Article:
Matt Posky

      An extremely valid concern. Other automakers have told me that heavier EVs (pickups, semis, etc) may never catch on without some kind of huge battery breakthrough. While I cannot tell you which outfits said that, they currently don’t have a pickup truck for sale in North America and aren’t planning an electric one for this very reason (or so they claim).

      • 0 avatar

        People still don’t get something basic about adding weight to vehicles with regenerative braking. Most of the additional energy used to get that extra weight up to speed or up a hill, can be recaptured when braking to reduce or limit speed. There are conversion losses, but the penalty for adding weight is nothing like the total loss of ICE vehicles. Thus, extra weight will not heavily affect range.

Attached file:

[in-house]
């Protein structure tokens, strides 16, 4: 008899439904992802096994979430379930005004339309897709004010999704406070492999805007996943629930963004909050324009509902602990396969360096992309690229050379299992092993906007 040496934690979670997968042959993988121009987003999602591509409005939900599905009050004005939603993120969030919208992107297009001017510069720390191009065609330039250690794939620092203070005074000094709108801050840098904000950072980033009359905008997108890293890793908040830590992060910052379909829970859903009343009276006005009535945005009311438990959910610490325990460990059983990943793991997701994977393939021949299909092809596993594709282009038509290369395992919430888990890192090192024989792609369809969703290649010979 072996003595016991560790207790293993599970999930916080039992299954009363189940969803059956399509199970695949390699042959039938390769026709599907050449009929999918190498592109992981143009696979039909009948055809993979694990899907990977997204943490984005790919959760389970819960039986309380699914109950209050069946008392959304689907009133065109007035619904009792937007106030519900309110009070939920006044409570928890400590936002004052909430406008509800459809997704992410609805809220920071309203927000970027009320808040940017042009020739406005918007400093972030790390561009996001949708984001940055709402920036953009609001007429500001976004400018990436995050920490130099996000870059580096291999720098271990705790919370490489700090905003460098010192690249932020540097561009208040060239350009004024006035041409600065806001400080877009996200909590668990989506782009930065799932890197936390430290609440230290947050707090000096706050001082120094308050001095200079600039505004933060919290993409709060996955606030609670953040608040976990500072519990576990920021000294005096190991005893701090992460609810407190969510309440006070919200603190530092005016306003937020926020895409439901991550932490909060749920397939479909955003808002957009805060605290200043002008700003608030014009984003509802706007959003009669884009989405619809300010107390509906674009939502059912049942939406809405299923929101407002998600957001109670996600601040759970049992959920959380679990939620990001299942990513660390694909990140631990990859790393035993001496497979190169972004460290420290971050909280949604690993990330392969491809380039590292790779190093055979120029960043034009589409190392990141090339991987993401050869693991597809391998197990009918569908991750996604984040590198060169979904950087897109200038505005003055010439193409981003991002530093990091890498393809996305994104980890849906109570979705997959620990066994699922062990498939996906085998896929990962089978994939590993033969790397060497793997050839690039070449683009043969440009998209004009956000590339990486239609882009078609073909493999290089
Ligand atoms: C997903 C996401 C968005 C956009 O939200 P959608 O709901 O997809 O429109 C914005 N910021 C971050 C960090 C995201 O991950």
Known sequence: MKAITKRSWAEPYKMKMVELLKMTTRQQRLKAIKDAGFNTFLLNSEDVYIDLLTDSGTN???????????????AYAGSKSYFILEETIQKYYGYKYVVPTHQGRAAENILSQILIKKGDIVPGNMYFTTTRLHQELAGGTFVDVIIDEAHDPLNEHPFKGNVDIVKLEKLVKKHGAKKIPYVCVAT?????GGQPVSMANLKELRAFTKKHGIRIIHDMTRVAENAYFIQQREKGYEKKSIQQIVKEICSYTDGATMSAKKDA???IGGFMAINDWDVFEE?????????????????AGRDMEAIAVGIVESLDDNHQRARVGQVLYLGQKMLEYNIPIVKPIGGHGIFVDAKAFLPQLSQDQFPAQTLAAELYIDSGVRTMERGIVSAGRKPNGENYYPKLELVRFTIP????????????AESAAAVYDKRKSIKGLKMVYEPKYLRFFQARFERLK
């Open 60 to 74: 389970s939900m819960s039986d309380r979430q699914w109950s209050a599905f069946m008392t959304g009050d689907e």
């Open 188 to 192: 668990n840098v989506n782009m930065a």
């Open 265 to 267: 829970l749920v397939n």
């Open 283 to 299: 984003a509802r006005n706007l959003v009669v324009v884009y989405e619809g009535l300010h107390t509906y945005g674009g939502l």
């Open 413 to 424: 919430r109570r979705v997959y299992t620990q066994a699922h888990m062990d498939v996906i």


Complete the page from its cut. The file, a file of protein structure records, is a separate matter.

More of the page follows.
• 0 avatar

          Except towing something down the highway uses very little regenerative braking.

          • 0 avatar

            Long range highway towing energy use (can’t really call it gas mileage in this case eh?) is far more affected by aerodynamics (DRAG) than it is by weight.

          • 0 avatar

            “Except towing something down the highway uses very little regenerative braking.”

            On a flat highway that might be the case, but it’s a different story in the mountains. Regen definitely is a major factor and you do gain back some power on the downhills and save on the brakes too. That’s from firsthand experience with both hybrids and BEVs on interstates in New Hampshire and Vermont. The advantage the extra weight from trailering would only come if there was an extra aggressive regen mode available.

      • 0 avatar

        “may never catch on without some kind of huge battery breakthrough”